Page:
We designed questionnaires based on the theory of the HBM. The social-demographic data of the preterm infants and their caregivers were collected, including information on sex, birth weight, gestational age, admission to the PICU or regular health care, and caregivers’ educational background and occupation type. We investigated the levels of the caregivers’ knowledge about feeding preterm infants after discharge, including information related to dairy choice, reasonable standards and importance of catch-up growth, knowledge of complementary foods and vitamin D addition. There were 18 items in total, with choices of “yes” and “no”; correct answers were scored as 1, and incorrect answers were scored as 0. The total score was 18 points, and a higher score indicated that the caregivers had better knowledge of the feeding of premature infants after discharge. The content validity of this questionnaire was evaluated by 6 experts, and the CVI value was 0.989. The reliability of the questionnaire was assessed by SPSS16.0, and Cronbach’s alpha was 0.713. We also investigated caregivers’ health beliefs, including their personal health beliefs, ability to implement, ability to control, belief in their ability to use resources, and cognitive threat. All results were scored with a five-point scale, ranging from 1 to 5 points. Higher scores indicate better health beliefs. The content validity of this questionnaire was evaluated by 6 experts, and the CVI value was 0.979. The reliability of the questionnaire was assessed by SPSS16.0, and Cronbach’s alpha was 0.911.
In addition, weight was measured by trained and tested professional surveyors and was accurate to 0.01 kg; we collected the preterm infants’ weight data at the actual age of 12 months, based on hospital records. A total of 368 questionnaires were issued, and 355 questionnaires were recovered, 309 of which were valid; thus, the effective rate was 87%.
Definition of underweight and catch-up growth
Underweight was defined as a body weight below the 3rd percentile (P3rd) level  of the corrected age of the standard for children in nine cities in China . Catch-up growth was defined as a body weight reaching the 10th percentile (P10th) of the corrected age for the small-for-gestational-age(SGA) children and the 25th percentile (P25th) of the corrected age for the appropriate-for-gestational-age (AGA) children . The body length and head circumference measurement data were not analyzed due to wide variations in values and large amounts of missing data during data collection.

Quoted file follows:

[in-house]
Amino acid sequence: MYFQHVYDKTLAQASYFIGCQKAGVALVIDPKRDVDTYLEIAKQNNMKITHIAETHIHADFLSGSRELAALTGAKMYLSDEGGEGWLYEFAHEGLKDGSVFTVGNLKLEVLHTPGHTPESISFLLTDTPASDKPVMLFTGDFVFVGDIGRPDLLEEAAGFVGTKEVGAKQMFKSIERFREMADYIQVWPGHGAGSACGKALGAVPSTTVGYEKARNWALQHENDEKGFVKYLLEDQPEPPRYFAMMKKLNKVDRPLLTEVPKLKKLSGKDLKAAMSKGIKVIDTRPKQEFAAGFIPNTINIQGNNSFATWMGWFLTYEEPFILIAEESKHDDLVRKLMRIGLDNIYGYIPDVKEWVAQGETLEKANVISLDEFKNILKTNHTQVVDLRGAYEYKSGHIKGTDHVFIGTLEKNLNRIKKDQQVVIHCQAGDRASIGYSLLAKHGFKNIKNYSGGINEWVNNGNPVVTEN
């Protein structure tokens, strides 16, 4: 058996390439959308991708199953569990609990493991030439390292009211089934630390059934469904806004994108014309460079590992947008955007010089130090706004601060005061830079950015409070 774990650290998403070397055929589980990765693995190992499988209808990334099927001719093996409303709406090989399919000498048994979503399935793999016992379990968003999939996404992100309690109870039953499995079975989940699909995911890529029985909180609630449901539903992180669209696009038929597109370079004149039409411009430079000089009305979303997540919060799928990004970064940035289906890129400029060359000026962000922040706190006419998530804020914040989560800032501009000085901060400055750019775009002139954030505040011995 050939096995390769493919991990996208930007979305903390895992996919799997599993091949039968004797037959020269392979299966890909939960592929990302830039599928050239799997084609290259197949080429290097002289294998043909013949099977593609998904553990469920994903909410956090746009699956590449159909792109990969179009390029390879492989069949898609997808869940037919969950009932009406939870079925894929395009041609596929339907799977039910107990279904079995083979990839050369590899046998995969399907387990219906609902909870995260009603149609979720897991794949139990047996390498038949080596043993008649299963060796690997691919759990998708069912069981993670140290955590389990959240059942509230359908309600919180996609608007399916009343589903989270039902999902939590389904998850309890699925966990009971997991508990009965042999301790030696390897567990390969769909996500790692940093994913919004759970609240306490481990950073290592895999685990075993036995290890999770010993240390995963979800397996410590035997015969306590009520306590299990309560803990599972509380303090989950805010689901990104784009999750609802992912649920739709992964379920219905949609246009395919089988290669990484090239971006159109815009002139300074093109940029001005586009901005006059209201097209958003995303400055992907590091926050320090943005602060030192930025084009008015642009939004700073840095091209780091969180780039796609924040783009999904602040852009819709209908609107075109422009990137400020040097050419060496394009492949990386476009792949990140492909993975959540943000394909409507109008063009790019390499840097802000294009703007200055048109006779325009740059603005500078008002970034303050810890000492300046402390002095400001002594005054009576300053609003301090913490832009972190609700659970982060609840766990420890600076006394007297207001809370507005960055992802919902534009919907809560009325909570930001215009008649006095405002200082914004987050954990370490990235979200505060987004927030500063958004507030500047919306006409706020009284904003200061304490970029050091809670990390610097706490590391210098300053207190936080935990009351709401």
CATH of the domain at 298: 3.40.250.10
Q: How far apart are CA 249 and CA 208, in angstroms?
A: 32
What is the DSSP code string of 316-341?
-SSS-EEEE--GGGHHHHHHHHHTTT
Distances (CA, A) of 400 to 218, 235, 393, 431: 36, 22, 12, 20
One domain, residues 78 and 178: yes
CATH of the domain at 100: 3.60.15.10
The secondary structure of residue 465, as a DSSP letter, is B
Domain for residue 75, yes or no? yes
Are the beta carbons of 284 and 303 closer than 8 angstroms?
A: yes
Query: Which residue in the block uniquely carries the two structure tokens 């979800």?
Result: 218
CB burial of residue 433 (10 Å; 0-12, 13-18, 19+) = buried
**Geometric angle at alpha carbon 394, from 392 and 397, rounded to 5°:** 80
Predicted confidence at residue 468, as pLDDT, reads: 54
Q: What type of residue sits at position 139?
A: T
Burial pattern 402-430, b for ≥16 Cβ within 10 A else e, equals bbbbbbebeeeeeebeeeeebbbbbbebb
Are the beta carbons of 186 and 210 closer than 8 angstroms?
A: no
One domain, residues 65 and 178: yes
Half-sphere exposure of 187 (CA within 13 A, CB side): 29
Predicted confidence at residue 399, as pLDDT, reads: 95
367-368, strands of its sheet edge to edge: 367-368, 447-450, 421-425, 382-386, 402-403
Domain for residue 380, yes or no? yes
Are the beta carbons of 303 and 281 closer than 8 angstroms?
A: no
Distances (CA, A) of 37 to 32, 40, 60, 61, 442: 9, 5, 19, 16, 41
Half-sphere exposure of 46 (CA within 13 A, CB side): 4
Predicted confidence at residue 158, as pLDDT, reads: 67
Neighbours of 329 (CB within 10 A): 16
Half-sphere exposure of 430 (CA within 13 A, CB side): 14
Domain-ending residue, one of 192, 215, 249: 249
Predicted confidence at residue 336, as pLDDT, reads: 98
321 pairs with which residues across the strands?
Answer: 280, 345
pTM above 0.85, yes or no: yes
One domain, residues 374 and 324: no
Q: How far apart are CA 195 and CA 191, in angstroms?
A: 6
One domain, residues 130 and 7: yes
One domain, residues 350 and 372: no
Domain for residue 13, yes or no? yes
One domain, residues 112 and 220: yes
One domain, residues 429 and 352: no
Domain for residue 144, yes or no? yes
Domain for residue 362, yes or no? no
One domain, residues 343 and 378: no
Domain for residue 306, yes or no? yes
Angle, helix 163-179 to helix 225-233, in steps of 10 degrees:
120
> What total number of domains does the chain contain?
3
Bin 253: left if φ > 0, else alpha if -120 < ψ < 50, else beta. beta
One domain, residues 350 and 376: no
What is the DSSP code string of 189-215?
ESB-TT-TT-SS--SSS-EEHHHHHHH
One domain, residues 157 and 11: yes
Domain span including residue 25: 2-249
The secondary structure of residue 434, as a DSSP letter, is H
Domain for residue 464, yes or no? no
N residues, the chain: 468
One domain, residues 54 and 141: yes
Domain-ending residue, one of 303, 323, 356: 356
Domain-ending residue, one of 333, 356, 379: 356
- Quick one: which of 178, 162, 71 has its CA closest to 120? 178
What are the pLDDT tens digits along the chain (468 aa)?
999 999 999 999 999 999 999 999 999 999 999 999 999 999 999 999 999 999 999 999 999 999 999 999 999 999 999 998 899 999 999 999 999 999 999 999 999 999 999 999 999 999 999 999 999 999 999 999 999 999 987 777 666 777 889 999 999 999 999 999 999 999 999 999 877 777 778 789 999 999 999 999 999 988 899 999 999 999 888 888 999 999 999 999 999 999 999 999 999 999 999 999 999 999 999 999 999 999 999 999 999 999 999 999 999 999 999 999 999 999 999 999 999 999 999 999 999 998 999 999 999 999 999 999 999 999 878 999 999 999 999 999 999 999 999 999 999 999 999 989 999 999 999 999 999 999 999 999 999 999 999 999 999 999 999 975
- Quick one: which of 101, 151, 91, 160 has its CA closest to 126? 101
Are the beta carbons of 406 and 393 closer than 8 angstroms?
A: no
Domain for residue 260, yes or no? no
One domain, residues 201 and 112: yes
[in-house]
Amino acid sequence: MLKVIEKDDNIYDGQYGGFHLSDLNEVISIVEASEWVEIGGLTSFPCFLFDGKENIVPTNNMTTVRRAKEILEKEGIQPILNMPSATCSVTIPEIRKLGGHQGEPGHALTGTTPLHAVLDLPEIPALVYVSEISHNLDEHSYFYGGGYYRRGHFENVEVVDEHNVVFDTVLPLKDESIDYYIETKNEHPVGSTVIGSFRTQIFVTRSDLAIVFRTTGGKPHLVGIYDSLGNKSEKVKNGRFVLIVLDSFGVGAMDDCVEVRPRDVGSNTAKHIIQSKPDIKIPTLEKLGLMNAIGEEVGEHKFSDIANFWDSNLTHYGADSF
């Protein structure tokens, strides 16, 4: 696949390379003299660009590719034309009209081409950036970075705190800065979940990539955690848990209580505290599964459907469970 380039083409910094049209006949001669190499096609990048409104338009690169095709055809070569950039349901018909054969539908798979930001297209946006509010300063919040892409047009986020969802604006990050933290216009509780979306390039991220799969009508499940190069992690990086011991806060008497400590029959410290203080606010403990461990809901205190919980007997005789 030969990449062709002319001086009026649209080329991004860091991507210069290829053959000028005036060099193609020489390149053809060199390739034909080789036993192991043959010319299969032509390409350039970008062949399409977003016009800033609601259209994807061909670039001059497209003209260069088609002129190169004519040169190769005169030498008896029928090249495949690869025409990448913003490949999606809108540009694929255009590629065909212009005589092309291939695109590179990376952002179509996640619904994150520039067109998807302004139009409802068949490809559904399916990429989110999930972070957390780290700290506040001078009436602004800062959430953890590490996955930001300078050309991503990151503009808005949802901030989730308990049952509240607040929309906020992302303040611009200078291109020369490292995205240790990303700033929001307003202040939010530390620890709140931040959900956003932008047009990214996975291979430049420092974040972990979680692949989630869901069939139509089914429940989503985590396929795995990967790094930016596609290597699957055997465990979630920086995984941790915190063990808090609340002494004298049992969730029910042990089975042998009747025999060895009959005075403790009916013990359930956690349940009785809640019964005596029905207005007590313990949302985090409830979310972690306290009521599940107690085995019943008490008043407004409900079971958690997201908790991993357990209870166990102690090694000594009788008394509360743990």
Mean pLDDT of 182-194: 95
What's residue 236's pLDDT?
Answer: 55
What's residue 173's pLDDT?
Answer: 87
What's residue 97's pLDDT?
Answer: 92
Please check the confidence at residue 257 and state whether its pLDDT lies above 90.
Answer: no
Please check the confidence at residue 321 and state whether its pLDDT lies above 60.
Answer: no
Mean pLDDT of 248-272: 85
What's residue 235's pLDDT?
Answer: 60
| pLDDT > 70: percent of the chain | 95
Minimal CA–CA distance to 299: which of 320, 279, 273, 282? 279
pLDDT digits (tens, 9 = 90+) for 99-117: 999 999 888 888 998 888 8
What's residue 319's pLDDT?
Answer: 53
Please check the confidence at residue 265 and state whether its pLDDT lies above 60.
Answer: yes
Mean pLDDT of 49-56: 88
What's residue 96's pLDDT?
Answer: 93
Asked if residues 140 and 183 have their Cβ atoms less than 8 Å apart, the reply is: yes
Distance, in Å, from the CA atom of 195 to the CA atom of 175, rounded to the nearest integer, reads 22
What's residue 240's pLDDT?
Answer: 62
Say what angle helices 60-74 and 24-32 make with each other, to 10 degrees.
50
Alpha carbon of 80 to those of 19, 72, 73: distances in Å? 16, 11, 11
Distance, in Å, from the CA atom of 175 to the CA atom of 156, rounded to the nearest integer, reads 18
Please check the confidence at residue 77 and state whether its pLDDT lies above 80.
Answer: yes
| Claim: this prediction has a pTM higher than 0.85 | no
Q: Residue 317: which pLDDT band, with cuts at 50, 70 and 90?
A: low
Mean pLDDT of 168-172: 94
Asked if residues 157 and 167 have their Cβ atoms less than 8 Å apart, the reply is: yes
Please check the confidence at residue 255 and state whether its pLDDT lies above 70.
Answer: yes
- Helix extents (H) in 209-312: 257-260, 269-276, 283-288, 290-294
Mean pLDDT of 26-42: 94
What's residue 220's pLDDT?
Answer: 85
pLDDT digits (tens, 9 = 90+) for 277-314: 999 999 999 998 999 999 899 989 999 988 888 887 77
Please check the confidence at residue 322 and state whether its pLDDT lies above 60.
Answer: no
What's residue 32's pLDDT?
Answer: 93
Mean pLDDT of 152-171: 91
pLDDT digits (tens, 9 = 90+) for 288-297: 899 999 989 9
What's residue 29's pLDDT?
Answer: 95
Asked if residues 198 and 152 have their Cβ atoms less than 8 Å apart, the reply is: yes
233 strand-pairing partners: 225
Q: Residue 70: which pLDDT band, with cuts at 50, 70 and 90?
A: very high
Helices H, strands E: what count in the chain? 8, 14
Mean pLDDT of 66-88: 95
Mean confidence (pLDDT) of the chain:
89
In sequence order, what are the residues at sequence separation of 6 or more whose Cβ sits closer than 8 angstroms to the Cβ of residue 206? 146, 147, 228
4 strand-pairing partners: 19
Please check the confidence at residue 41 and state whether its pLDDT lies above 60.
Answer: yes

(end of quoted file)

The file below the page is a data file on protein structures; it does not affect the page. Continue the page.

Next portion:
To calculate the sample size, we used the following formula:
The allowable error for the rate of preterm infants was 5% with an overall rate of 7.8%, which meant that we needed 307 preterm infants and their caregivers . The survey data were entered into Epidata 3.1, and we used SPSS16.0 for statistical analyses. Logistic regression analysis was used in this study to determine the risk factors for catch-up growth in preterm infants.
The study was approved by the Ethics Committee of West China Second Hospital, Sichuan University. Informed consent was obtained from all participants.
General situations of preterm infants and their caregivers
The results showed that the ratios of the birth weight were as follows: over 2000 g, 67.6% (209); 1500~2000 g, 21.7% (67); and below 1500 g, 10.7% (33). In addition, the ratios of the gestational age were as follows: over 34w, 67.3% (208); 32~34w, 19.1% (59); and below 32w, 13.6% (42). SGA vs AGA was (19.4% vs 80.6%), and cesarean vs natural was (70.6% vs 29.4%). Regarding fetus number, singles comprised 64.1% (198), doubles 35.3% (109), three and above 0.6% (2). Regarding parity, 79.9% (247) were first pregnancies, 17.8% (55) were second, and 2.3% (7) were third and above. There was no difference in the sex ratio (male vs female was 50.2% vs 49.8%).
Possible related factors for catch-up growth in preterm infants after discharge